Ferdinand II. was accused by Pope Gregory I. of maintaining that the world had been deceived by three impostors-Jesus Christ, Moses, and Mahomet, A book with this title was said to have existed, but no

trace of it remains (Greenhill). IMPROPERATIONS, insulting language. INCESSION, progression. INCINERABLE, reducible to ashes ; IN

CINERATED, reduced to ashes. INCRASSATION, thickening: INCREMABLE, incombustible. INCURVATE, to make crooked. INDIFFERENCY, impartiality ; (pl.) in

significant matters; of arguments,

exact balance. INDIFFERENT, impartial. INFLEXURES, bends or folds (Green

hill). INGENUITIES, people of ingen uous dis

position. INGRESSION, entrance. INHUMATION, burying. INNITENCY, leaving, pressing, or resto

ing upon something (H. E. D.). INORGANICAL, without organs. INQUINATED, defiled (J.). INSENSIBLE, too smali to be felt. INSERVIENT TO, conducive to. INSTANCES, instants. INTELLIGENCES,

unbodied angelic spirits. INTENTIONS, persons who intend. IRONICALLY (“ live ironically "), with dissimulation

personation (H. E. D.). ITEM, earnest, specimen. ITERATELY, repeatedly. JUDGMENTS, men of judgment. KELL, caul. KINGDOMS, “fatal periods of.” Ac

cording to Plato about 500 years. LACONISM, short sentence written on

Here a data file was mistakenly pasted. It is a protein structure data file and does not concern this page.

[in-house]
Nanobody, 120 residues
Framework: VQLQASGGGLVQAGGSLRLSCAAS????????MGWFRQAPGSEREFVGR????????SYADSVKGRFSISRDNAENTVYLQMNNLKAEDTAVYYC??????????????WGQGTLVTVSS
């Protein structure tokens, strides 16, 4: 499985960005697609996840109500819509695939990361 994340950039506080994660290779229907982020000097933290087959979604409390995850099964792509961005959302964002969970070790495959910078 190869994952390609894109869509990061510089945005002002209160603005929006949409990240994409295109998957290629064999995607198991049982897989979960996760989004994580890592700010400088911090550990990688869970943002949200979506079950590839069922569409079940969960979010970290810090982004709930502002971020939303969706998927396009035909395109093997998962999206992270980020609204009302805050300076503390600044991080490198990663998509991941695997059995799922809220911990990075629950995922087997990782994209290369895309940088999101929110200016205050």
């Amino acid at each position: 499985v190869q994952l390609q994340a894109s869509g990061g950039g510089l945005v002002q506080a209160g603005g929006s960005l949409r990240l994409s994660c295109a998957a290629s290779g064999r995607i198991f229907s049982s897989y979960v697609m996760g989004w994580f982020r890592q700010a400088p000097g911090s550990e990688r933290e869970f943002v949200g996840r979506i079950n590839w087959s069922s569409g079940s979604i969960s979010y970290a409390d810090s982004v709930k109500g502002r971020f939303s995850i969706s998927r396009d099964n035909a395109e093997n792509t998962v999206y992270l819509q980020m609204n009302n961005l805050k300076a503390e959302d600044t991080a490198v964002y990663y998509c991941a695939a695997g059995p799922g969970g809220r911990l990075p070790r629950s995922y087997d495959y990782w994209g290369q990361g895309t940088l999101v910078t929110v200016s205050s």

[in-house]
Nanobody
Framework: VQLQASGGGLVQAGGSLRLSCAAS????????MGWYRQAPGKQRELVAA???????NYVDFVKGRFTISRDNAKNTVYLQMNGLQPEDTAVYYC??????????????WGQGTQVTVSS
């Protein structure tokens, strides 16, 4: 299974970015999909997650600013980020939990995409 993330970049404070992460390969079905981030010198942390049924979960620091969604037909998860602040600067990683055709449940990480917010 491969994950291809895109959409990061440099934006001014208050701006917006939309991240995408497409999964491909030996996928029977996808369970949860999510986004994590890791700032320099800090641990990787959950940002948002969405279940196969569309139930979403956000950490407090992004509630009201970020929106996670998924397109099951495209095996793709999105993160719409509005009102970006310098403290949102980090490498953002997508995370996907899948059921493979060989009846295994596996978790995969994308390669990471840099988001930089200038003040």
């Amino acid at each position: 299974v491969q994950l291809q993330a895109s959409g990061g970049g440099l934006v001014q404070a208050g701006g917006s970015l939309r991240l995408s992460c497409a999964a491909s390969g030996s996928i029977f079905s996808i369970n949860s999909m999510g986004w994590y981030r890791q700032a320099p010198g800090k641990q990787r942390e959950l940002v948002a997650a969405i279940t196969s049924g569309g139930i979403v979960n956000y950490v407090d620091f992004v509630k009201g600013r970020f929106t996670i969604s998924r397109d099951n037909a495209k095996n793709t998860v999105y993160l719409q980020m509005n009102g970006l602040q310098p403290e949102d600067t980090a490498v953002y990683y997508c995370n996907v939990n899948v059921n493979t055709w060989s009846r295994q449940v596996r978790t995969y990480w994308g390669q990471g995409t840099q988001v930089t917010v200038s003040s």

wall of Belschazzar (J.). LACRYMATORIES, tear-bottles. LARRON (French), thief. The charac

teristic Gascon. LASH, soft and watery, but without

flavour (Forby's vocabulary of

East Anglia). LAUREAT DRAUGHT, a picture with

laurel (Greenhill). LAZY OP Brazil, sloth (J.). LIGATION, binding. Lion (“we sleep in lions' skins "), in

armour, in a state of military

vigilance (J.). LIPARA, the Liparæan Islands, near

Italy, being volcanoes, were sabled to contain the forges of the

Cyclops (J.). LIQUATION, melting. LIVELY, vividly. LIVERY("without a "), without

recompense or fee. Lixivious, impregnated with alkaline

salts. LURE, bait, a term used in falconry. LUX EST UMBRA DEI,“ light is the

shadow of God."



... VITIA, “Great virtues, and no smaller vices." MAGNALITIES, great works from small

beginnings (Greenhill).

OLYMPICS, Olympic games.
OMNEITY, the Ali.
ONEIRO CRITICISM, interpretation of

dreams. OPINION (vb.), to consider. ORBITY, loss of parents or children,

bereavement. ORDINATION, arrangement. ORONTES INTO TIBER, “In Tiberim

defluxit Orontes," says Juvenal, speaking of the confluence of

foreigners to Rome (J.). OSSUARIES, places for bones. OSTIARIES, estuaries.

MAGNETICALLY (“ stand magnetically